The Tetra Materia (see previous article) approach might be useful for practice, its not the whole story. It guides direction, but does not set targets. And our system has an overall limit as well. Materials, even renewables, come exclusively from within our own system, while (renewable) energy is available in large quantities , without the risk of depletion,
Therefor, materials are the system-critical issue. And just a little bit less is not enough, we have to manage our resources in cycles, otherwise it ends somewhere. A materials cycle ( or continuous flow) are characterized by 4 properties: The kind of source , the volume/mass, the speed of use and the energy to drive the cycle, to process and use materials (Which in turn are materials as well, to harvest renewable energy sources) .
Which turns , on building level in another four mains steps:
- close the cycle: on possible with resources that can be regenerated.
- 2) reduce volume/mass in the cycle : limit demand, limit use, use less resources for the same function, sometimes with a change for services in stead of products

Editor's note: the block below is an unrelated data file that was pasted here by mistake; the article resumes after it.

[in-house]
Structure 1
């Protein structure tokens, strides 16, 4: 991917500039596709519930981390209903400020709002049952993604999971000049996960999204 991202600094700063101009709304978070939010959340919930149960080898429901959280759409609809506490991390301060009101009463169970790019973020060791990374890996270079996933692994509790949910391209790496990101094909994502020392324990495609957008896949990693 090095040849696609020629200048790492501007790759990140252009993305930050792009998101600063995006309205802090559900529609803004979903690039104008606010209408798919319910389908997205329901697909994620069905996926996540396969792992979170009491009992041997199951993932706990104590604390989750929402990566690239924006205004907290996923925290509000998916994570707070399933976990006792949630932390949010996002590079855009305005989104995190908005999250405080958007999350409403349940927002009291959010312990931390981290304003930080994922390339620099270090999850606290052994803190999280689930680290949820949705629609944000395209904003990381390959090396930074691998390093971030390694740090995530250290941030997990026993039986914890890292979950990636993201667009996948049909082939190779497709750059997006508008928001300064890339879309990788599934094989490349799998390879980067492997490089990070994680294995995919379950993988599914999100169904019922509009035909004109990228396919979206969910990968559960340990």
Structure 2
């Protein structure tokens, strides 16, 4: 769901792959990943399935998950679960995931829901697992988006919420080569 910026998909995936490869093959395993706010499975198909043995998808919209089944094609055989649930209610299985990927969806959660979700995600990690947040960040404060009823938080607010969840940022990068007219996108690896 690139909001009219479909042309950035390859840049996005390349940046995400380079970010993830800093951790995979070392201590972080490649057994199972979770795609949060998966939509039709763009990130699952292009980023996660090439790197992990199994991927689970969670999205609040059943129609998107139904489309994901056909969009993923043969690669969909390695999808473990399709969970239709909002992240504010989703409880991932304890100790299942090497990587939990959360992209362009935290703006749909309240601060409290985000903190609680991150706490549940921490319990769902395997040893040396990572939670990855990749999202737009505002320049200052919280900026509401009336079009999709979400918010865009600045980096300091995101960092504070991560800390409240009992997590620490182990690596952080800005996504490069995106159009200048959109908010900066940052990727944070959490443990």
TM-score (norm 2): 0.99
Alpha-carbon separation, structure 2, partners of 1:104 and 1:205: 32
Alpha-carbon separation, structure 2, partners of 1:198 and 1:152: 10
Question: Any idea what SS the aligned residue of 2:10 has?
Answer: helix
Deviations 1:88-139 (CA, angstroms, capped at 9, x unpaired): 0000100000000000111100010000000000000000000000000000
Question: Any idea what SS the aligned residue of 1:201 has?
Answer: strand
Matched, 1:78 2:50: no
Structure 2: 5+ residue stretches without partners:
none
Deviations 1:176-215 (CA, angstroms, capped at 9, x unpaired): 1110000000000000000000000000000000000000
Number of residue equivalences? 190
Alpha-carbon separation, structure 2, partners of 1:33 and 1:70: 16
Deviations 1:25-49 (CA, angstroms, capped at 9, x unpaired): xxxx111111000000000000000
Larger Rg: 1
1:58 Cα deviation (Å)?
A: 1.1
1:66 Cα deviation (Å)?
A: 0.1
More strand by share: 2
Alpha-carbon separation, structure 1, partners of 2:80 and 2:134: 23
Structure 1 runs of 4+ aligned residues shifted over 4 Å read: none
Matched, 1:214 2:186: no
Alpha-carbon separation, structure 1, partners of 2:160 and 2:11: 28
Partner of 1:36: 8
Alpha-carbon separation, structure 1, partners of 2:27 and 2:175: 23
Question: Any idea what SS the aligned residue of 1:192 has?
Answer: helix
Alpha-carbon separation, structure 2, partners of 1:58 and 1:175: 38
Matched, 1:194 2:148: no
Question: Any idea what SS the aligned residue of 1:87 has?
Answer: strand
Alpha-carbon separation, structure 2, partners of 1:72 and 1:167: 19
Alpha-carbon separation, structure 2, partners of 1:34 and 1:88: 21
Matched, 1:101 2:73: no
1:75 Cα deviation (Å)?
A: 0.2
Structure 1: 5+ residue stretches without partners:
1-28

- reduce speed in cycle: prolong the lifespan of products, low maintenance design, repairable, which provides more time for resource to regenerate ( or to be regenerated)
- limit driving energy : use of local materials, low tech applications, local labor, system innovation and re-organization.
Which brings us a few steps closer to a real sustainable and maintainable management of our resources. But not quit the end. If we really want to operate within closed cycles, there are some other considerations to address: In the first place: If the materials used are renewable, then thats fine, however crucial is that it is really renewed! Otherwise its a loose claim. And renewing resources is bound to a maximum, since the earth is a limited and finite system.